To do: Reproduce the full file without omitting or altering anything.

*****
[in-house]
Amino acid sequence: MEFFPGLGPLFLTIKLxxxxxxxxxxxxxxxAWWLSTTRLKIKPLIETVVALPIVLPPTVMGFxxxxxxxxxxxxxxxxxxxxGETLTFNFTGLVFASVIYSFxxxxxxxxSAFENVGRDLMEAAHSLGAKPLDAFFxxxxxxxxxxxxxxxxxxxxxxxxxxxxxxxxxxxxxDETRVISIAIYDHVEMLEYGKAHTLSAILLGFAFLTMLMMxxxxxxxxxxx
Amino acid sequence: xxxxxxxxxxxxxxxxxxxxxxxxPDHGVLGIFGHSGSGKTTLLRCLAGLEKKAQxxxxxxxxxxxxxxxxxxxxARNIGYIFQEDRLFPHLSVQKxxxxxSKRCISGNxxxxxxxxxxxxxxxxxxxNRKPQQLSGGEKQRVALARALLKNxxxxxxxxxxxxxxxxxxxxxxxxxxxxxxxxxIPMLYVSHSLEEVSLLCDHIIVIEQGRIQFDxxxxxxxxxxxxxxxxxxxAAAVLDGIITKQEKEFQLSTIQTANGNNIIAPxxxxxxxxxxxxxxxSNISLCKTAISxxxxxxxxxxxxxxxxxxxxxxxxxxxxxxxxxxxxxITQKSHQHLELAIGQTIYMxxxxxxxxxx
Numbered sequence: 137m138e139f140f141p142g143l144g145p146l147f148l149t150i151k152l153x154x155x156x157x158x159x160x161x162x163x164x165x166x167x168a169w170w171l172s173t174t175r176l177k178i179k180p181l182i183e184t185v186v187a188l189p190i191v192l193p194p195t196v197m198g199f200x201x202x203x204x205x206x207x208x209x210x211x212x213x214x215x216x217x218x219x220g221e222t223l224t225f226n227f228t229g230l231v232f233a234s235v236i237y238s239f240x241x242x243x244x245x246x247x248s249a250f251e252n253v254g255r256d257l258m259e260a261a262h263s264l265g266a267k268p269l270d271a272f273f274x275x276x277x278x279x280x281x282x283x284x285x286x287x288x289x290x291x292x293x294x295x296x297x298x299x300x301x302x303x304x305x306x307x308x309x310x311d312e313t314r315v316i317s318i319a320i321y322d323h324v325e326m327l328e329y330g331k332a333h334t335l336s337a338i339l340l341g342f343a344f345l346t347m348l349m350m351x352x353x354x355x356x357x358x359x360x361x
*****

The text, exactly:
[in-house]
Amino acid sequence: MEFFPGLGPLFLTIKLxxxxxxxxxxxxxxxAWWLSTTRLKIKPLIETVVALPIVLPPTVMGFxxxxxxxxxxxxxxxxxxxxGETLTFNFTGLVFASVIYSFxxxxxxxxSAFENVGRDLMEAAHSLGAKPLDAFFxxxxxxxxxxxxxxxxxxxxxxxxxxxxxxxxxxxxxDETRVISIAIYDHVEMLEYGKAHTLSAILLGFAFLTMLMMxxxxxxxxxxx
Amino acid sequence: xxxxxxxxxxxxxxxxxxxxxxxxPDHGVLGIFGHSGSGKTTLLRCLAGLEKKAQxxxxxxxxxxxxxxxxxxxxARNIGYIFQEDRLFPHLSVQKxxxxxSKRCISGNxxxxxxxxxxxxxxxxxxxNRKPQQLSGGEKQRVALARALLKNxxxxxxxxxxxxxxxxxxxxxxxxxxxxxxxxxIPMLYVSHSLEEVSLLCDHIIVIEQGRIQFDxxxxxxxxxxxxxxxxxxxAAAVLDGIITKQEKEFQLSTIQTANGNNIIAPxxxxxxxxxxxxxxxSNISLCKTAISxxxxxxxxxxxxxxxxxxxxxxxxxxxxxxxxxxxxxITQKSHQHLELAIGQTIYMxxxxxxxxxx
Numbered sequence: 137m138e139f140f141p142g143l144g145p146l147f148l149t150i151k152l153x154x155x156x157x158x159x160x161x162x163x164x165x166x167x168a169w170w171l172s173t174t175r176l177k178i179k180p181l182i183e184t185v186v187a188l189p190i191v192l193p194p195t196v197m198g199f200x201x202x203x204x205x206x207x208x209x210x211x212x213x214x215x216x217x218x219x220g221e222t223l224t225f226n227f228t229g230l231v232f233a234s235v236i237y238s239f240x241x242x243x244x245x246x247x248s249a250f251e252n253v254g255r256d257l258m259e260a261a262h263s264l265g266a267k268p269l270d271a272f273f274x275x276x277x278x279x280x281x282x283x284x285x286x287x288x289x290x291x292x293x294x295x296x297x298x299x300x301x302x303x304x305x306x307x308x309x310x311d312e313t314r315v316i317s318i319a320i321y322d323h324v325e326m327l328e329y330g331k332a333h334t335l336s337a338i339l340l341g342f343a344f345l346t347m348l349m350m351x352x353x354x355x356x357x358x359x360x361x